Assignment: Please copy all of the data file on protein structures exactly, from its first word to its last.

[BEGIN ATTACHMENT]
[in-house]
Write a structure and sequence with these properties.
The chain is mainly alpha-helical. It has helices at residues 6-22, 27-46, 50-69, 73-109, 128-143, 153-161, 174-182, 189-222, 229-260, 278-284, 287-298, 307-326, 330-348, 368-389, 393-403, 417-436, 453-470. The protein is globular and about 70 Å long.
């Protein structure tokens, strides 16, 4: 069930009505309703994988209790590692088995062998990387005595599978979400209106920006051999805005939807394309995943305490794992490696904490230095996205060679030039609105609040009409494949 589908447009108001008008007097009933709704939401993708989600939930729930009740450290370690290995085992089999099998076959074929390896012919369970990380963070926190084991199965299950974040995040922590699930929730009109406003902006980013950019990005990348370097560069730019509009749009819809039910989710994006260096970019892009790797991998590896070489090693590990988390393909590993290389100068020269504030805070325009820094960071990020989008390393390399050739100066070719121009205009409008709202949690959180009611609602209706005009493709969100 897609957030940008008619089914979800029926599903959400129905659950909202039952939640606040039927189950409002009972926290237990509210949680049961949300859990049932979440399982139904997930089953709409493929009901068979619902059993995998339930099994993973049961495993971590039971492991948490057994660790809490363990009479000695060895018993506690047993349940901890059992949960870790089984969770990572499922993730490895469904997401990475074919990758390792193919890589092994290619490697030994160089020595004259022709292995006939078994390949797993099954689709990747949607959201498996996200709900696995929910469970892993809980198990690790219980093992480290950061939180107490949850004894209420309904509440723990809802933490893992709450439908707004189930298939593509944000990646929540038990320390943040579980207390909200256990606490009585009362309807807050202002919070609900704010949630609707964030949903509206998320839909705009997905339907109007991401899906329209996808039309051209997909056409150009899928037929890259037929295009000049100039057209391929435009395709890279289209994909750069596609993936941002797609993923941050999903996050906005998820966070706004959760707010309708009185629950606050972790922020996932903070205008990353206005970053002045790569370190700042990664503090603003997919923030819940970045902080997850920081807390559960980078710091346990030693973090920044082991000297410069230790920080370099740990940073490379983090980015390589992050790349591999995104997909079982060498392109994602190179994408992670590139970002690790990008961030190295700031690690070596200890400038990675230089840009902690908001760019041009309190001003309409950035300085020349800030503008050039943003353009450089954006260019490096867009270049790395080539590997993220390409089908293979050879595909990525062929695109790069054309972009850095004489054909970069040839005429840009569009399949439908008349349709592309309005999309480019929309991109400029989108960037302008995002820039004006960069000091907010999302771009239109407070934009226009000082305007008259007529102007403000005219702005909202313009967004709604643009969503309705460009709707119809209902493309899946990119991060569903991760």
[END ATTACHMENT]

[in-house]
Write a structure and sequence with these properties.
The chain is mainly alpha-helical. It has helices at residues 6-22, 27-46, 50-69, 73-109, 128-143, 153-161, 174-182, 189-222, 229-260, 278-284, 287-298, 307-326, 330-348, 368-389, 393-403, 417-436, 453-470. The protein is globular and about 70 Å long.
């Protein structure tokens, strides 16, 4: 069930009505309703994988209790590692088995062998990387005595599978979400209106920006051999805005939807394309995943305490794992490696904490230095996205060679030039609105609040009409494949 589908447009108001008008007097009933709704939401993708989600939930729930009740450290370690290995085992089999099998076959074929390896012919369970990380963070926190084991199965299950974040995040922590699930929730009109406003902006980013950019990005990348370097560069730019509009749009819809039910989710994006260096970019892009790797991998590896070489090693590990988390393909590993290389100068020269504030805070325009820094960071990020989008390393390399050739100066070719121009205009409008709202949690959180009611609602209706005009493709969100 897609957030940008008619089914979800029926599903959400129905659950909202039952939640606040039927189950409002009972926290237990509210949680049961949300859990049932979440399982139904997930089953709409493929009901068979619902059993995998339930099994993973049961495993971590039971492991948490057994660790809490363990009479000695060895018993506690047993349940901890059992949960870790089984969770990572499922993730490895469904997401990475074919990758390792193919890589092994290619490697030994160089020595004259022709292995006939078994390949797993099954689709990747949607959201498996996200709900696995929910469970892993809980198990690790219980093992480290950061939180107490949850004894209420309904509440723990809802933490893992709450439908707004189930298939593509944000990646929540038990320390943040579980207390909200256990606490009585009362309807807050202002919070609900704010949630609707964030949903509206998320839909705009997905339907109007991401899906329209996808039309051209997909056409150009899928037929890259037929295009000049100039057209391929435009395709890279289209994909750069596609993936941002797609993923941050999903996050906005998820966070706004959760707010309708009185629950606050972790922020996932903070205008990353206005970053002045790569370190700042990664503090603003997919923030819940970045902080997850920081807390559960980078710091346990030693973090920044082991000297410069230790920080370099740990940073490379983090980015390589992050790349591999995104997909079982060498392109994602190179994408992670590139970002690790990008961030190295700031690690070596200890400038990675230089840009902690908001760019041009309190001003309409950035300085020349800030503008050039943003353009450089954006260019490096867009270049790395080539590997993220390409089908293979050879595909990525062929695109790069054309972009850095004489054909970069040839005429840009569009399949439908008349349709592309309005999309480019929309991109400029989108960037302008995002820039004006960069000091907010999302771009239109407070934009226009000082305007008259007529102007403000005219702005909202313009967004709604643009969503309705460009709707119809209902493309899946990119991060569903991760």